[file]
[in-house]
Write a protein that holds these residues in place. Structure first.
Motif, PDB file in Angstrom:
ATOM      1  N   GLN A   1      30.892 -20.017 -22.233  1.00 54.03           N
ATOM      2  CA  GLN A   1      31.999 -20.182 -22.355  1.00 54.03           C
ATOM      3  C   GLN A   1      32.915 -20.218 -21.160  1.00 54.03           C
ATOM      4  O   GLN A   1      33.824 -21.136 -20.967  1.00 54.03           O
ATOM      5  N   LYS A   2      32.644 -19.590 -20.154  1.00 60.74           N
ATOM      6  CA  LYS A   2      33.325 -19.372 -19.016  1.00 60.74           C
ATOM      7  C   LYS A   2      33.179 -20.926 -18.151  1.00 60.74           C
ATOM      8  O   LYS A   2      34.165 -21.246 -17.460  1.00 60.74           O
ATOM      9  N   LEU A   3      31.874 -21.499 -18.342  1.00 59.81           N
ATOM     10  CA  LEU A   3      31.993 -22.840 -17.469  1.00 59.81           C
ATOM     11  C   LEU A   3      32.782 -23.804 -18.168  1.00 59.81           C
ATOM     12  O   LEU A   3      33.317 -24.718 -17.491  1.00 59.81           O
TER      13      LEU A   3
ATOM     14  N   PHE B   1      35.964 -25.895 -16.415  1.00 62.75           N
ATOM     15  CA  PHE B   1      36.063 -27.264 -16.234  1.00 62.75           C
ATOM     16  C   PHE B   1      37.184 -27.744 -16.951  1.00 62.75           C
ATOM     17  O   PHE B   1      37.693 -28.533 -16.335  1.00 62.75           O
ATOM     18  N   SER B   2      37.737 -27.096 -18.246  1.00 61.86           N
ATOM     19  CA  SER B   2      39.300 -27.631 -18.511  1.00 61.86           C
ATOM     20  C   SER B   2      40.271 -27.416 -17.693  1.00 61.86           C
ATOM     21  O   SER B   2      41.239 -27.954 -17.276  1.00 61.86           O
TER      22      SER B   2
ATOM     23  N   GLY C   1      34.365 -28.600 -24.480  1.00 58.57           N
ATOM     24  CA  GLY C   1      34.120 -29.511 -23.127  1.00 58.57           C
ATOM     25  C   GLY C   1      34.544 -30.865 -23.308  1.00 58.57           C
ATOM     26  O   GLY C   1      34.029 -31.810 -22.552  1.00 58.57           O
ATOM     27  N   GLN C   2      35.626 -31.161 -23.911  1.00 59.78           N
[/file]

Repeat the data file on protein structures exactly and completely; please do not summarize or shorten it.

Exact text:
[in-house]
Write a protein that holds these residues in place. Structure first.
Motif, PDB file in Angstrom:
ATOM      1  N   GLN A   1      30.892 -20.017 -22.233  1.00 54.03           N
ATOM      2  CA  GLN A   1      31.999 -20.182 -22.355  1.00 54.03           C
ATOM      3  C   GLN A   1      32.915 -20.218 -21.160  1.00 54.03           C
ATOM      4  O   GLN A   1      33.824 -21.136 -20.967  1.00 54.03           O
ATOM      5  N   LYS A   2      32.644 -19.590 -20.154  1.00 60.74           N
ATOM      6  CA  LYS A   2      33.325 -19.372 -19.016  1.00 60.74           C
ATOM      7  C   LYS A   2      33.179 -20.926 -18.151  1.00 60.74           C
ATOM      8  O   LYS A   2      34.165 -21.246 -17.460  1.00 60.74           O
ATOM      9  N   LEU A   3      31.874 -21.499 -18.342  1.00 59.81           N
ATOM     10  CA  LEU A   3      31.993 -22.840 -17.469  1.00 59.81           C
ATOM     11  C   LEU A   3      32.782 -23.804 -18.168  1.00 59.81           C
ATOM     12  O   LEU A   3      33.317 -24.718 -17.491  1.00 59.81           O
TER      13      LEU A   3
ATOM     14  N   PHE B   1      35.964 -25.895 -16.415  1.00 62.75           N
ATOM     15  CA  PHE B   1      36.063 -27.264 -16.234  1.00 62.75           C
ATOM     16  C   PHE B   1      37.184 -27.744 -16.951  1.00 62.75           C
ATOM     17  O   PHE B   1      37.693 -28.533 -16.335  1.00 62.75           O
ATOM     18  N   SER B   2      37.737 -27.096 -18.246  1.00 61.86           N
ATOM     19  CA  SER B   2      39.300 -27.631 -18.511  1.00 61.86           C
ATOM     20  C   SER B   2      40.271 -27.416 -17.693  1.00 61.86           C
ATOM     21  O   SER B   2      41.239 -27.954 -17.276  1.00 61.86           O
TER      22      SER B   2
ATOM     23  N   GLY C   1      34.365 -28.600 -24.480  1.00 58.57           N
ATOM     24  CA  GLY C   1      34.120 -29.511 -23.127  1.00 58.57           C
ATOM     25  C   GLY C   1      34.544 -30.865 -23.308  1.00 58.57           C
ATOM     26  O   GLY C   1      34.029 -31.810 -22.552  1.00 58.57           O
ATOM     27  N   GLN C   2      35.626 -31.161 -23.911  1.00 59.78           N